You may be saying to yourself "It's only a tap, who cares?" The primary purpose of this post is to share how much I was impressed with BTF from a customer service perspective. Vintage motorcycles are primarily hobby for me, meaning the whole thing is supposed to be fun. Way too often the third-party goods and services you rely on to complete a vintage motorcycle project are a complete nightmare. When I run into someone exceptional I feel almost obligated to share. If you need British taps/dies, tools or even just fasteners I'd highly recommend giving them a shot.

Saturday, June 27, 2015

Sullivan Motorcycle Collection

I've posted stuff on the Sullivan Collection a a few times in the past. 
Evidently Bobby Sullivan has decided it's time to downsize and portions of the collection are being sold at the Mecham's Auction in Harrisburg Pennsylvania.  From the Mecham's website:

Owner of Sullivan’s Inc. and a prolific collector of Triumph motorcycles, Bobby Sullivan is in a league of his own among motorcycle enthusiasts. His collection of Triumphs spanned every year from 1936 through 1972 and comprised more than a hundred various models at its peak in size. What makes Sullivan and his collection especially unique, aside from its obvious depth and breadth, is the way it came to be. Most of the bikes that spent time as part of Sullivan’s collection were products of ground-up nut-and-bolt restorations using original, factory-correct and NOS parts whenever possible, which for a collection of this magnitude and vintage is an extraordinary feat.

 “We’d put the bikes together the same way any good Triumph shop would. We’d inspect everything, replace anything that didn’t look right, and then lubricate the parts during the assembly,” explains Sullivan. “We didn’t put oil in them because the seals would swell up, and then they’d start to drip.”
Sullivan eventually ran out of the space needed to house the bikes in his collection. “When you can’t walk into your conference room ‘cause it’s full of motorcycles, you got a problem,” he says. “When you go downstairs or out back and you can’t move because it’s full of motorcycles, you got a problem. When you do a photo shoot and it takes four hours to move the bikes out for the shoot, and then a couple of hours more to do the shoot, you got too much stuff.”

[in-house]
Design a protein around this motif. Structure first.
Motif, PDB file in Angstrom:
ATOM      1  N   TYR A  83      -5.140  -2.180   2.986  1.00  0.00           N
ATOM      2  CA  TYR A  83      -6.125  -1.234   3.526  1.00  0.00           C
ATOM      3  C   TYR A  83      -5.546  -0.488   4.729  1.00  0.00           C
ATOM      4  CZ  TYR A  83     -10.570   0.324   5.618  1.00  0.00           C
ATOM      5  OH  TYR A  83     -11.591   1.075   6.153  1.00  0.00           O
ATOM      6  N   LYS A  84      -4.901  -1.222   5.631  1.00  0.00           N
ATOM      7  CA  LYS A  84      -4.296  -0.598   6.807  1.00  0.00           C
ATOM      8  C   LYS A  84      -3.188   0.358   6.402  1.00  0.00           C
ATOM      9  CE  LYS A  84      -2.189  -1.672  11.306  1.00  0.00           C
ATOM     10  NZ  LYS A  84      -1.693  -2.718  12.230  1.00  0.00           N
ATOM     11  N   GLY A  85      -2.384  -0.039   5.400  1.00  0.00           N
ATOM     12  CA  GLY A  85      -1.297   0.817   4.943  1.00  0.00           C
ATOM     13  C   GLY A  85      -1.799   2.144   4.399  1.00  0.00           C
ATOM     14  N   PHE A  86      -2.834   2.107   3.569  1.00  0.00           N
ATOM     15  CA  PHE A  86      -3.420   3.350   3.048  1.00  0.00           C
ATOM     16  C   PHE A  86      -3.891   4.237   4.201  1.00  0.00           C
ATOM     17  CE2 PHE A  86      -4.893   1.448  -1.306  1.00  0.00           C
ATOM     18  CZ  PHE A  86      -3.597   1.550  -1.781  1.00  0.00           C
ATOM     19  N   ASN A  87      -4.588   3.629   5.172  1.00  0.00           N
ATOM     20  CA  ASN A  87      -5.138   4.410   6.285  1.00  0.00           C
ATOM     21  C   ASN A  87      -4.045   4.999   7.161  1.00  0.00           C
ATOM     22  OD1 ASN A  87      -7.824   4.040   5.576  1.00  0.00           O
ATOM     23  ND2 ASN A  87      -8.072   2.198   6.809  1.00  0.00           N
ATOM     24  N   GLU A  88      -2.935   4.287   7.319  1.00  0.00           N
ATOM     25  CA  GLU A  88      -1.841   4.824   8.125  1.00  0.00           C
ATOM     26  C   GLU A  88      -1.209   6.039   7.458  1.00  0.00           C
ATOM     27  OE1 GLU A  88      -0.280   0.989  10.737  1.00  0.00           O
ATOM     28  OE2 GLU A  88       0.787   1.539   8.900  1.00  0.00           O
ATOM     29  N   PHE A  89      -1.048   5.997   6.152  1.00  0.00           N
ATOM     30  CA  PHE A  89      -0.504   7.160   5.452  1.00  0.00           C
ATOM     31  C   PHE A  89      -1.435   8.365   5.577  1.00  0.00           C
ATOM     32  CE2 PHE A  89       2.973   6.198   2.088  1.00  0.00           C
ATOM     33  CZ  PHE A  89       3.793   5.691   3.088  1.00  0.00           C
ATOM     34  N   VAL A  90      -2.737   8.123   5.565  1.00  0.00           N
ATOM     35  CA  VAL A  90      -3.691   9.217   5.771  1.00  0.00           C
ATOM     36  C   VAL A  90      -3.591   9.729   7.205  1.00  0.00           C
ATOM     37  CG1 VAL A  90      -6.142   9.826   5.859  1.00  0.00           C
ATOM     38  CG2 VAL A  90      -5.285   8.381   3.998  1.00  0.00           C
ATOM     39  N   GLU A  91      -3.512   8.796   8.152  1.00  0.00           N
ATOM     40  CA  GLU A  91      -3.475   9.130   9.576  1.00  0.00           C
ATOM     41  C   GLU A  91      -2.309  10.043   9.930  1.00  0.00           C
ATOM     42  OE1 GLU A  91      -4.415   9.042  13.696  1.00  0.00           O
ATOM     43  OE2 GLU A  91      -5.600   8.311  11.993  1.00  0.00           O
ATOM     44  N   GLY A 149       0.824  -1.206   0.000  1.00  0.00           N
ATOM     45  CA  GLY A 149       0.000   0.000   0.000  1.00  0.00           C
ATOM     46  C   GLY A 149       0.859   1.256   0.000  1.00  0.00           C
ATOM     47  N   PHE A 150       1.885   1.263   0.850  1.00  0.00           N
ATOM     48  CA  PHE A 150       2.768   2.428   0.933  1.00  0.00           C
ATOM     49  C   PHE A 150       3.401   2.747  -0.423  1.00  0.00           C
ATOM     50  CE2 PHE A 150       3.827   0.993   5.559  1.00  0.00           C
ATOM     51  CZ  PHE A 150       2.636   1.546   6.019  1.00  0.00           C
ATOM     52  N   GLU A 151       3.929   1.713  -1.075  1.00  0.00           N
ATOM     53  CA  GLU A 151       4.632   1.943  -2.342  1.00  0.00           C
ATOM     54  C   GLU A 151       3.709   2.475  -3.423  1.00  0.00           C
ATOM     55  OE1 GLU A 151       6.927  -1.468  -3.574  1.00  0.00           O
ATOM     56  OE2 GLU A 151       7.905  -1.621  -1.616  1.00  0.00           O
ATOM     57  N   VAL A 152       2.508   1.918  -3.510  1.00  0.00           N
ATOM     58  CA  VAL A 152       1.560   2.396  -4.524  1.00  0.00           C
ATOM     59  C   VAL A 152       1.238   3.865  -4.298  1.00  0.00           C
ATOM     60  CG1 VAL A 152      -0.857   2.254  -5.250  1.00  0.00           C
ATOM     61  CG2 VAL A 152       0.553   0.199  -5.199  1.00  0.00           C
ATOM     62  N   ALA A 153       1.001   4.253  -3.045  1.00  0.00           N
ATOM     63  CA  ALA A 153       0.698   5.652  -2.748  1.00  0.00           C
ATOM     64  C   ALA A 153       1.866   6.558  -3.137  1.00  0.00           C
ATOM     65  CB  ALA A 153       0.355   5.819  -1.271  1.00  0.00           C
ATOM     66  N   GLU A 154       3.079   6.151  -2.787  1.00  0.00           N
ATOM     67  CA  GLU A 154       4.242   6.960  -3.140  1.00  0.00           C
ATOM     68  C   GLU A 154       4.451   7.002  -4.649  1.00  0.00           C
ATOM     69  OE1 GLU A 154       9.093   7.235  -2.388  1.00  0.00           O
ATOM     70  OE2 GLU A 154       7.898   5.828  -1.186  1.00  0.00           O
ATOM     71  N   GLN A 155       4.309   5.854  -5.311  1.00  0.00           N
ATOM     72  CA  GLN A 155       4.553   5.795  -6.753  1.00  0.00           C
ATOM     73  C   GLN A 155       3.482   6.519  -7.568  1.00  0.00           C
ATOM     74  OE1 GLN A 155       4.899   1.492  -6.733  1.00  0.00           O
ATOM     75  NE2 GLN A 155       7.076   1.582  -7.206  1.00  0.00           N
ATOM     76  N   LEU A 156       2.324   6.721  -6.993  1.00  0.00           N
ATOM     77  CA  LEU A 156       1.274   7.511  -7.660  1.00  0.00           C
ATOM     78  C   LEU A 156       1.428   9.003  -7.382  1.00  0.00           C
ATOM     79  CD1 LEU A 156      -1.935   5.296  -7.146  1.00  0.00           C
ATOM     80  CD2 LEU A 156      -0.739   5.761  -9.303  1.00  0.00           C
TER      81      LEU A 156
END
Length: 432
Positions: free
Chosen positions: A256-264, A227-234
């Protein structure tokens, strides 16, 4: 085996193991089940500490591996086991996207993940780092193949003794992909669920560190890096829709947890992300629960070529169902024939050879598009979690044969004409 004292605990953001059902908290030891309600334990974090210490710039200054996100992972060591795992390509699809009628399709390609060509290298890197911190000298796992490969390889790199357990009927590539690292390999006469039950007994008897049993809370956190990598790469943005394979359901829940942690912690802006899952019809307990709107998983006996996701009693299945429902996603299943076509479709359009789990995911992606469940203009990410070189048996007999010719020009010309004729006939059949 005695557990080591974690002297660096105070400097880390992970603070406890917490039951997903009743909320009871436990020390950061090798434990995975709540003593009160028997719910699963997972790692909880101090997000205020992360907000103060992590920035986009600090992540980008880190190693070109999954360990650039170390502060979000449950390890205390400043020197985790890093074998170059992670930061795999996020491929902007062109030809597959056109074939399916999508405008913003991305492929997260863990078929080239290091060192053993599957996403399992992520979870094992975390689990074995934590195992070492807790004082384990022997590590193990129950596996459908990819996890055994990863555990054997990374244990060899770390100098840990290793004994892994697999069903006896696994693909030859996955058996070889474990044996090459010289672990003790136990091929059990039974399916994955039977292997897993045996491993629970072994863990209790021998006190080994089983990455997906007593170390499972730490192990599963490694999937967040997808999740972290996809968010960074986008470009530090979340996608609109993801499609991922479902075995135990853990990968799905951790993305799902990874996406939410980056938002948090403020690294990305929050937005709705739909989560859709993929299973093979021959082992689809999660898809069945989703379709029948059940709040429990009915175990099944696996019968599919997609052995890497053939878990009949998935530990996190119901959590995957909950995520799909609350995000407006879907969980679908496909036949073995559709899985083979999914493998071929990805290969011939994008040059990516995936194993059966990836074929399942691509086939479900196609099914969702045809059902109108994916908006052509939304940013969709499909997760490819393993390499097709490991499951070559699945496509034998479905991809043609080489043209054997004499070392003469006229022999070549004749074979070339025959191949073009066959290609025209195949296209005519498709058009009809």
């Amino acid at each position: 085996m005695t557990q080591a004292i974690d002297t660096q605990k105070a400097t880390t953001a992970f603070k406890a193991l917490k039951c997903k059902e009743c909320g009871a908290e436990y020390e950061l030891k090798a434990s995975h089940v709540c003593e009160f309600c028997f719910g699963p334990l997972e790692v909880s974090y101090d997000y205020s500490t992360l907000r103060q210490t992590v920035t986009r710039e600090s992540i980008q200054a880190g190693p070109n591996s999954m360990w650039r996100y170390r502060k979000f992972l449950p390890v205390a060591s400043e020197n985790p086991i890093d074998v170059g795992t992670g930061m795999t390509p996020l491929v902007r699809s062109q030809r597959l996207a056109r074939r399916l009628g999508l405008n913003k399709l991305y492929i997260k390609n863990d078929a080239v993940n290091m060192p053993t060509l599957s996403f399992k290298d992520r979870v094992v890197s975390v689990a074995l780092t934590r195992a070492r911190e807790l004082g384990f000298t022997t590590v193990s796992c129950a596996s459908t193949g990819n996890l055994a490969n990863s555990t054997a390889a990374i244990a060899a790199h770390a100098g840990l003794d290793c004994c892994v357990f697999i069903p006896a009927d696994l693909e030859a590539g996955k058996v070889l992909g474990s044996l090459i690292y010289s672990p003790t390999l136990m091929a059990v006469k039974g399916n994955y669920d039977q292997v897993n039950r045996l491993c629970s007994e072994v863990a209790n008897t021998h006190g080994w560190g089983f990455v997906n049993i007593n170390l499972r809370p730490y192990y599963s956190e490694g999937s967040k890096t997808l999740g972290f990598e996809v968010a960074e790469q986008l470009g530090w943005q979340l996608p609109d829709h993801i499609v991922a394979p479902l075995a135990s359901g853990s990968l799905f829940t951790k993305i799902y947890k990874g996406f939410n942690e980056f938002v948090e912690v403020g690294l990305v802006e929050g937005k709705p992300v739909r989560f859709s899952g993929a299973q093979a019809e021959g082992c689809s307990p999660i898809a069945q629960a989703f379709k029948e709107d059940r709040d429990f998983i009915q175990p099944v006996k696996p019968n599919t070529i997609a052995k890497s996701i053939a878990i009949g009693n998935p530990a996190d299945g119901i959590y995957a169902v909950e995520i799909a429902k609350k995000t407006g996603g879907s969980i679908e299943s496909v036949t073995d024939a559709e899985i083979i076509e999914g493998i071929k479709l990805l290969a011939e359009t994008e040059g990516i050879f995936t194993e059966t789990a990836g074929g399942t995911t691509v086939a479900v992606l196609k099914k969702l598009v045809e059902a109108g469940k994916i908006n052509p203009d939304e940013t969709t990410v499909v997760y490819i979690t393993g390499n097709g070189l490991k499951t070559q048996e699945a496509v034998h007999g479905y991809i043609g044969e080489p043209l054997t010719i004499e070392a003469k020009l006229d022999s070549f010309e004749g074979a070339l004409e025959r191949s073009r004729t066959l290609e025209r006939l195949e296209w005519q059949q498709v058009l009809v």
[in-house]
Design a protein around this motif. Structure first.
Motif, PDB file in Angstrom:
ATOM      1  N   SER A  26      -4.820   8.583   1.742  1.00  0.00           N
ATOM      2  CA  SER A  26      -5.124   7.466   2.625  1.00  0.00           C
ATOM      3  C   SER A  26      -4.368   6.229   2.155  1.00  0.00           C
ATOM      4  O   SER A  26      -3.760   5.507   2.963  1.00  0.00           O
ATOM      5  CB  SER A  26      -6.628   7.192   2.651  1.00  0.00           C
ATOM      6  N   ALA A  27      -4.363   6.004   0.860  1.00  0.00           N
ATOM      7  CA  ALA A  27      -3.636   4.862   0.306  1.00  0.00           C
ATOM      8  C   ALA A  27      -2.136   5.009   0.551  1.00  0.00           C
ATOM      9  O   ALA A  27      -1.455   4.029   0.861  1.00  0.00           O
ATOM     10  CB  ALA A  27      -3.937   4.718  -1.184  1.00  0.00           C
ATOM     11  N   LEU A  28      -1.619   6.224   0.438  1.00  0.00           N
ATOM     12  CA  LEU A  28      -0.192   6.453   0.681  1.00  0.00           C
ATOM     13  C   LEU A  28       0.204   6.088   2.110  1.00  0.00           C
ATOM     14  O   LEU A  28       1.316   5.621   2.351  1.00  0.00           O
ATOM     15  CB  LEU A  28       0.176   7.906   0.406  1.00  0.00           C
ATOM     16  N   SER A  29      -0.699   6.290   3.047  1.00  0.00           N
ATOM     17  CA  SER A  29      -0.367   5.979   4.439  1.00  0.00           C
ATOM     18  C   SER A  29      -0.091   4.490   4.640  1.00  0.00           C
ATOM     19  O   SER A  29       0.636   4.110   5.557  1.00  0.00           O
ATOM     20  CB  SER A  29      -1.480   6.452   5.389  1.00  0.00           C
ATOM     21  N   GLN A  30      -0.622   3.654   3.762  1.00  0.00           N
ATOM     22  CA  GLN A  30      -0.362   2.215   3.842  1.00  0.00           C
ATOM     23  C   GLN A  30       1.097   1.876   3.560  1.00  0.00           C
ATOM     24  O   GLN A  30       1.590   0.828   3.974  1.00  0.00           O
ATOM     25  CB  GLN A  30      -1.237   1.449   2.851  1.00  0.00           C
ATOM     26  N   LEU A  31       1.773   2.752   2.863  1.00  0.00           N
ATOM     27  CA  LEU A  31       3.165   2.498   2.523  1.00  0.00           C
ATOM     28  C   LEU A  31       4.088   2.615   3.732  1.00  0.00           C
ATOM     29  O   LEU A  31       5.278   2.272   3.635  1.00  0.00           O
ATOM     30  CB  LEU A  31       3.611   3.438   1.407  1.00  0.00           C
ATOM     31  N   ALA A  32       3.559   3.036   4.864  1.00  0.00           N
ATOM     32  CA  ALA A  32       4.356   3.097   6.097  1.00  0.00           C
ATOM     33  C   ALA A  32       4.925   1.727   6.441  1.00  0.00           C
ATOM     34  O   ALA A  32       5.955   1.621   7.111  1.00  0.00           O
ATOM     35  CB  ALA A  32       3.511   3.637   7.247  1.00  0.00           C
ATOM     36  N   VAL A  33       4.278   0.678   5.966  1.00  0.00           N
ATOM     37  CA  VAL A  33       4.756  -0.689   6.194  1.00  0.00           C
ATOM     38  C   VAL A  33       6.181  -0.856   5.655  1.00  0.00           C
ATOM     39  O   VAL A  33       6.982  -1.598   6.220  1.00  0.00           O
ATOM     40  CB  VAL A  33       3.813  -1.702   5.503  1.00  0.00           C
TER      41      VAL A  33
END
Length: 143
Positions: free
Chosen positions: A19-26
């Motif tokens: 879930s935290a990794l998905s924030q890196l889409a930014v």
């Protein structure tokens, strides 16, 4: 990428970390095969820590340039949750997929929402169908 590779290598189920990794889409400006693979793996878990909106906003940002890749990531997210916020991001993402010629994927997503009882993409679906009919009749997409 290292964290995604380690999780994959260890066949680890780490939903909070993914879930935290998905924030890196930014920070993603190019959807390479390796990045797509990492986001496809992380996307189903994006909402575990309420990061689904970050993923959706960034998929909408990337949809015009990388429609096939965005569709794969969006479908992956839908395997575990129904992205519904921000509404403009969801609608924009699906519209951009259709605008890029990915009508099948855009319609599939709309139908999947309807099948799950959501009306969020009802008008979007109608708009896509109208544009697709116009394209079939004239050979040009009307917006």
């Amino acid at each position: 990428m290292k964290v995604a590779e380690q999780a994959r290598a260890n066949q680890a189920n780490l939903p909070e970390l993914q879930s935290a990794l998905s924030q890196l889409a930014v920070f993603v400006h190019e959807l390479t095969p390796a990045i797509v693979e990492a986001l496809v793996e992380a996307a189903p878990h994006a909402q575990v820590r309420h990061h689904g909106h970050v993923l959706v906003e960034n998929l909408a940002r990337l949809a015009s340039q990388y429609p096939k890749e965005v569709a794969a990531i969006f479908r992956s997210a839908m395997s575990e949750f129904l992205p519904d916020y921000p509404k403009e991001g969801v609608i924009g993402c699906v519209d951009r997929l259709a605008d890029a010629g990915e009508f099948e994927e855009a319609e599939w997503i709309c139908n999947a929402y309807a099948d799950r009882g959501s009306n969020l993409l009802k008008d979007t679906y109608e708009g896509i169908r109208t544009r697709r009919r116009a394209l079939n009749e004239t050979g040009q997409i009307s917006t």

Over the past couple years, Sullivan has worked to find suitable buyers for his motorcycles, and has been successful in selling many. But selling motorcycles as fine as his is a huge undertaking, especially when dealing with such a large amount. Having worked with MidAmerica and Mecum Auctions in the past, Sullivan felt that utilizing their auction platform would be an excellent way to send off a select portion of his elaborate collection. A total of 15 of Sullivan’s motorcycles will be offered at the second-annual Mecum MidAmerica Harrisburg Motorcycle auction, August 2. Don’t miss the opportunity to claim a small part of Sullivan’s art as your own as it crosses the block at the Pennsylvania Farm Show Complex and Expo Center in Harrisburg, Pennsylvania.

Incidenally it appears the Mecham's Motorcycle Auction in Harrisburg will be televised as a part of the regular NBCSN coverage 7/31/2015 - 8/02/2015.

Dodge 2.0

On a previous occasion I mentioned how much I appreciated Dodge's recent marketing targeting car guys. This one is pretty good too.

Thursday, June 25, 2015

Ran When Parked

1944 Indian Chief - This one has shown up on eBay a couple of times now. The listing description mentions that it was restored by Jerry Greer. There's a lot to like.

Tuesday, June 23, 2015

Ran When Parked

1948 Harley Davidson U - If I ever own a Harley I suspect it will look a good bit like this one. In some ways I'd even almost prefer a BT flatty over a Knuck. I suspect it's a faux patina bike but I hardly care in this case. If it were mine I'd swap the Sparto taillight out for a Crocker and then not change a damn thing.